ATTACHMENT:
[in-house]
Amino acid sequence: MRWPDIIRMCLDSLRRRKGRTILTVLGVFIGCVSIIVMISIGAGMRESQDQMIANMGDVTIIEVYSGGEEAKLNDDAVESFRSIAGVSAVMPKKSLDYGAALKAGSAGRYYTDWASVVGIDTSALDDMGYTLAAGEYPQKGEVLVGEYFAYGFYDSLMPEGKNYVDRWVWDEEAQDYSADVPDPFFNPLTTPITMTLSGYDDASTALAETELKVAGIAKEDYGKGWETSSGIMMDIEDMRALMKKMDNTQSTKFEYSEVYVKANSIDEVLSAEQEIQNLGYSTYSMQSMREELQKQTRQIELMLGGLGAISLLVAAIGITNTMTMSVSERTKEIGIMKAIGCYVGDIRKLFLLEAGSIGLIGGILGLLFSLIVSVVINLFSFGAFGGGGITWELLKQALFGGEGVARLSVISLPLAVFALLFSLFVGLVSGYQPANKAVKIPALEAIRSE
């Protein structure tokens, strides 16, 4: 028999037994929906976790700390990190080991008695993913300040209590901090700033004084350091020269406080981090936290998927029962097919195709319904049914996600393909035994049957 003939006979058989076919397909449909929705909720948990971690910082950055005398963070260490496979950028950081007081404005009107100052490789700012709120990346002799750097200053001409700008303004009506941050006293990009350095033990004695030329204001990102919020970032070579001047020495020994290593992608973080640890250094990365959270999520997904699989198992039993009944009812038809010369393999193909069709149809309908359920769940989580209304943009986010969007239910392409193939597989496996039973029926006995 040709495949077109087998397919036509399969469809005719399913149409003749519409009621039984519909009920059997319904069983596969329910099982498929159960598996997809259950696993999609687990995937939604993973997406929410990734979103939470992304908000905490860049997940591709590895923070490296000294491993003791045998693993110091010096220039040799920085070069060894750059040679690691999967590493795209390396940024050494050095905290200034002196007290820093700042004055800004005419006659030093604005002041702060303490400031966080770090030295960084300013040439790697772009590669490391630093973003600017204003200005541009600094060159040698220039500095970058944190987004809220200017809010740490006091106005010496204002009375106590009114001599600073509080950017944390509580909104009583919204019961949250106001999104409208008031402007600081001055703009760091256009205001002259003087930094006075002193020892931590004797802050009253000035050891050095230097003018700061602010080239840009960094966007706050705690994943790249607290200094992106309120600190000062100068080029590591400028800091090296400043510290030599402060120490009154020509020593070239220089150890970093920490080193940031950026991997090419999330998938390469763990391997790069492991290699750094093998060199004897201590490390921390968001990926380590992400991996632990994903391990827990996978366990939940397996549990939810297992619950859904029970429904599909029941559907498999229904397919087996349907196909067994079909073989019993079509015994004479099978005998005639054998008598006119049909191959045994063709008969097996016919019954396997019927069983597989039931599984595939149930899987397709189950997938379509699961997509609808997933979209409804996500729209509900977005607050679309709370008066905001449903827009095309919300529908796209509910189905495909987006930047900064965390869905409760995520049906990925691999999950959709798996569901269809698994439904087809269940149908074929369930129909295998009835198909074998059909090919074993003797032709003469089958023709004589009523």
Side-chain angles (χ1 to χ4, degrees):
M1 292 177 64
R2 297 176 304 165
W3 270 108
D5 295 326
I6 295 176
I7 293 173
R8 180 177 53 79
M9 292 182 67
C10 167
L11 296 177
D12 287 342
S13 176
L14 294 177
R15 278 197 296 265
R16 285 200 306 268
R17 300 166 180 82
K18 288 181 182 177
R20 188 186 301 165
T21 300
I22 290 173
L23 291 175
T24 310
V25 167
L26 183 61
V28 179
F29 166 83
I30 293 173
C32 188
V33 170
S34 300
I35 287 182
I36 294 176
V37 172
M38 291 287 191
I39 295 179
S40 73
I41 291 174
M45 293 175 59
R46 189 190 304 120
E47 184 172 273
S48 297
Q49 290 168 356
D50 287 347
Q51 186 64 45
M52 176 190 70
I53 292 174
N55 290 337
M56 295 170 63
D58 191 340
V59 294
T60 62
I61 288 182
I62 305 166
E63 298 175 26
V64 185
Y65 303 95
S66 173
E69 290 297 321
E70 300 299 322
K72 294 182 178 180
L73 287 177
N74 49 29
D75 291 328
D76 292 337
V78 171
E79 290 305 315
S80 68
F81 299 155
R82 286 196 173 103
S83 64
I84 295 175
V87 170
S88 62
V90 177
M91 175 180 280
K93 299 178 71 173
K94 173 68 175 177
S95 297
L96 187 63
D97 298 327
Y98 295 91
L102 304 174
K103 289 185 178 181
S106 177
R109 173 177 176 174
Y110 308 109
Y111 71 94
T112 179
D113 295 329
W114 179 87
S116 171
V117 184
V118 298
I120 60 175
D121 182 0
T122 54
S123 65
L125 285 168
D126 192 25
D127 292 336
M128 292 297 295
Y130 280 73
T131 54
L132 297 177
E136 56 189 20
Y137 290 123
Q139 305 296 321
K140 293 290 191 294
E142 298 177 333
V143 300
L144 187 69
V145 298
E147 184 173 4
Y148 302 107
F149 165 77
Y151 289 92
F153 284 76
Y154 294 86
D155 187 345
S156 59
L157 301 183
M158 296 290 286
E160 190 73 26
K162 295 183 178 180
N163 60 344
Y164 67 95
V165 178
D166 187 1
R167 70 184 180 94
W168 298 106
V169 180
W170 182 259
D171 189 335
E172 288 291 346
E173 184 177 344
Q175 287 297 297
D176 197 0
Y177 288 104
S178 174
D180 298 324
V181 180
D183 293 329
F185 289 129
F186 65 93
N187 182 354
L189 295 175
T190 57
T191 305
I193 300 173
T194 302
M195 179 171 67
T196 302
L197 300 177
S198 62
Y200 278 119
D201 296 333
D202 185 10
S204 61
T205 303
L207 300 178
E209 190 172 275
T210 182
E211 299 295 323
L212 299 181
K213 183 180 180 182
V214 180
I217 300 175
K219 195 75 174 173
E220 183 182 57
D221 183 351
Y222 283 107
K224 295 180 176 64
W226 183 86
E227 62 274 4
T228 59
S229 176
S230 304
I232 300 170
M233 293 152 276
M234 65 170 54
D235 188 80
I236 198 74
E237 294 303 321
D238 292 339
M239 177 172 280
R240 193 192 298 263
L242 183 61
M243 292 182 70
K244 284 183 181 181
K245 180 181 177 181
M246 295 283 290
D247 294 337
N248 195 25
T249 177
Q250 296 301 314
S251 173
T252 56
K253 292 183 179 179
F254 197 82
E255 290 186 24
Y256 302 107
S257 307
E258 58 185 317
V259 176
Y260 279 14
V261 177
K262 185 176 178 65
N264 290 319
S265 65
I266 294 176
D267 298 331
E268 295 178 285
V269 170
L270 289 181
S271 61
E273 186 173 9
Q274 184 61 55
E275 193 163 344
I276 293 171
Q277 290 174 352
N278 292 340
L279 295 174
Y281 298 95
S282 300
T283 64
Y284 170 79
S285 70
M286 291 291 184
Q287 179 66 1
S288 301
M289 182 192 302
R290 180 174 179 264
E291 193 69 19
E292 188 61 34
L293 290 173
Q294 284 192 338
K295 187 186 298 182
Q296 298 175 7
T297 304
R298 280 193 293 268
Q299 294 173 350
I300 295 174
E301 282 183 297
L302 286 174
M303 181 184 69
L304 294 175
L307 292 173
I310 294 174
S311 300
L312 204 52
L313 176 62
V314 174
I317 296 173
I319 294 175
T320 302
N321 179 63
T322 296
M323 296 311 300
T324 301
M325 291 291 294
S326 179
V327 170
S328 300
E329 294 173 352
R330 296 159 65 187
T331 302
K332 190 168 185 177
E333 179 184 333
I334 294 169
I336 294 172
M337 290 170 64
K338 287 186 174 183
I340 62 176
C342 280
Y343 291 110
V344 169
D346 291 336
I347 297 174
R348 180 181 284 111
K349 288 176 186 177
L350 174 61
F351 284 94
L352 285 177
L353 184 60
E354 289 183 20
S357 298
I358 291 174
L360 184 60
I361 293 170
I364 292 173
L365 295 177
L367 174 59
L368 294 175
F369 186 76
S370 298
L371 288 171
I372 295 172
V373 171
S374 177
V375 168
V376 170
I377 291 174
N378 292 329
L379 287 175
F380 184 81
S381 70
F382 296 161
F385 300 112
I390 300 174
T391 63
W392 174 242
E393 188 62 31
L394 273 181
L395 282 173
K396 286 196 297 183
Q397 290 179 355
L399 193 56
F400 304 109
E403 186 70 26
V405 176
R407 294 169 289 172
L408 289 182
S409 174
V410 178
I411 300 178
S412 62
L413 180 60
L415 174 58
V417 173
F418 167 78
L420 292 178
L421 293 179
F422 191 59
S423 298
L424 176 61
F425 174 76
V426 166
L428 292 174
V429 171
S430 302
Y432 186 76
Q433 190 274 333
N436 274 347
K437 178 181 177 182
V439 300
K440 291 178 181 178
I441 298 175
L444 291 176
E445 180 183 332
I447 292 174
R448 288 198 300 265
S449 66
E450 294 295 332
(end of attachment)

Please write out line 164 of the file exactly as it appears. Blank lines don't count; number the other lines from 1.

L207 300 178